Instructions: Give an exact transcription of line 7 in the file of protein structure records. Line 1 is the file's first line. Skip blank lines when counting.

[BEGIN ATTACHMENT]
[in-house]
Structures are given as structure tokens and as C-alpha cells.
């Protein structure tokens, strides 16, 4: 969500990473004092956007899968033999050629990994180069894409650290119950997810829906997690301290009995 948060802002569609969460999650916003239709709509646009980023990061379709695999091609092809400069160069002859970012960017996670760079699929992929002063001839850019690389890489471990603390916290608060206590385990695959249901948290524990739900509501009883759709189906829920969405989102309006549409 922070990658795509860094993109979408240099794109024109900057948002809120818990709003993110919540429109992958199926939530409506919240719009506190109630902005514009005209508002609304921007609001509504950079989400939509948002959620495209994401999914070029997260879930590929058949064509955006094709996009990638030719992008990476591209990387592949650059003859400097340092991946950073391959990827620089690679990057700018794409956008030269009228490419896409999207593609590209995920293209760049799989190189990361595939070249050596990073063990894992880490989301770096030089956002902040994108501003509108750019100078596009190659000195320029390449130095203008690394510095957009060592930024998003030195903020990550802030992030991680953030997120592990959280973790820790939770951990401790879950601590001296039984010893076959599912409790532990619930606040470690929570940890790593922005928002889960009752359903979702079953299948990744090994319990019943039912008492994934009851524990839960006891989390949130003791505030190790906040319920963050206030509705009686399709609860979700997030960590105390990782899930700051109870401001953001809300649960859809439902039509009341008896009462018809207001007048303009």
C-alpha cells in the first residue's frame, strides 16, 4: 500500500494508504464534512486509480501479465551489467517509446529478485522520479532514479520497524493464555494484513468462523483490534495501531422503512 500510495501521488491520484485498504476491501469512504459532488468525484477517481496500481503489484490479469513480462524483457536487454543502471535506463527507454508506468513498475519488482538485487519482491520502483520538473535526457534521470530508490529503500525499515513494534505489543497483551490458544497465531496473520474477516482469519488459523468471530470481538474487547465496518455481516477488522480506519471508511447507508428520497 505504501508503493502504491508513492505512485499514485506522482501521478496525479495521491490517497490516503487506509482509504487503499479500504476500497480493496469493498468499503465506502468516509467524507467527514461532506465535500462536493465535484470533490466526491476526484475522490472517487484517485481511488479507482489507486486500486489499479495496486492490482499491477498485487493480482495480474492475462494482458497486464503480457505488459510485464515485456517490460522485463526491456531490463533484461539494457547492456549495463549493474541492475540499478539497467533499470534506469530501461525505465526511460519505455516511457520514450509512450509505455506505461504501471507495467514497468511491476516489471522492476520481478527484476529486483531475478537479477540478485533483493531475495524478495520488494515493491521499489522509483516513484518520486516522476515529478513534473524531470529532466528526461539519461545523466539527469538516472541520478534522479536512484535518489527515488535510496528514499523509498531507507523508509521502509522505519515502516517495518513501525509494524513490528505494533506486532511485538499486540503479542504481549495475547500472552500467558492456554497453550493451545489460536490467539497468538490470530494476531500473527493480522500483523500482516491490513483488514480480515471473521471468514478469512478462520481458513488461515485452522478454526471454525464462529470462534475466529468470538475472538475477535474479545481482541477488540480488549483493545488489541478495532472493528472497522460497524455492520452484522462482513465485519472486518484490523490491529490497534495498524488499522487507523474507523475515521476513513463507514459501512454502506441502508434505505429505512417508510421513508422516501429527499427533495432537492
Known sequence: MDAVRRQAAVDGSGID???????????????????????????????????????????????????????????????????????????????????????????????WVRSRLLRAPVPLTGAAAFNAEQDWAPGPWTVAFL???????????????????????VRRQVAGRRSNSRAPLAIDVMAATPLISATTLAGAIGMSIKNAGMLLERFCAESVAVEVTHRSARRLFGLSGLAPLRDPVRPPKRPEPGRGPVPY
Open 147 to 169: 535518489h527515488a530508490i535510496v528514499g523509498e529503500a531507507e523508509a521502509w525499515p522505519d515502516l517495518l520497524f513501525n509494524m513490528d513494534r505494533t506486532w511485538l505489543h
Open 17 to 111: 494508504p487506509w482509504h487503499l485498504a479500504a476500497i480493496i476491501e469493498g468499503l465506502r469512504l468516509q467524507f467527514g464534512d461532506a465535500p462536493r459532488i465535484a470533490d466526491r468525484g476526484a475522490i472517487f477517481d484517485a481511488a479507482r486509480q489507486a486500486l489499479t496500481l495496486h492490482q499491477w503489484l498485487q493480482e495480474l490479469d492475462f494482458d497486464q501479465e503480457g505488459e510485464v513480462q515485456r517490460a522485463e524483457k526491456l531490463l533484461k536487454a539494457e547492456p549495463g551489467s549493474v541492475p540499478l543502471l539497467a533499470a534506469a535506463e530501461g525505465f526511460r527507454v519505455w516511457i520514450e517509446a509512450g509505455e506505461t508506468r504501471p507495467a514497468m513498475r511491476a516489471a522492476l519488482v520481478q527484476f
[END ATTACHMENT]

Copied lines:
Open 17 to 111: 494508504p487506509w482509504h487503499l485498504a479500504a476500497i480493496i476491501e469493498g468499503l465506502r469512504l468516509q467524507f467527514g464534512d461532506a465535500p462536493r459532488i465535484a470533490d466526491r468525484g476526484a475522490i472517487f477517481d484517485a481511488a479507482r486509480q489507486a486500486l489499479t496500481l495496486h492490482q499491477w503489484l498485487q493480482e495480474l490479469d492475462f494482458d497486464q501479465e503480457g505488459e510485464v513480462q515485456r517490460a522485463e524483457k526491456l531490463l533484461k536487454a539494457e547492456p549495463g551489467s549493474v541492475p540499478l543502471l539497467a533499470a534506469a535506463e530501461g525505465f526511460r527507454v519505455w516511457i520514450e517509446a509512450g509505455e506505461t508506468r504501471p507495467a514497468m513498475r511491476a516489471a522492476l519488482v520481478q527484476f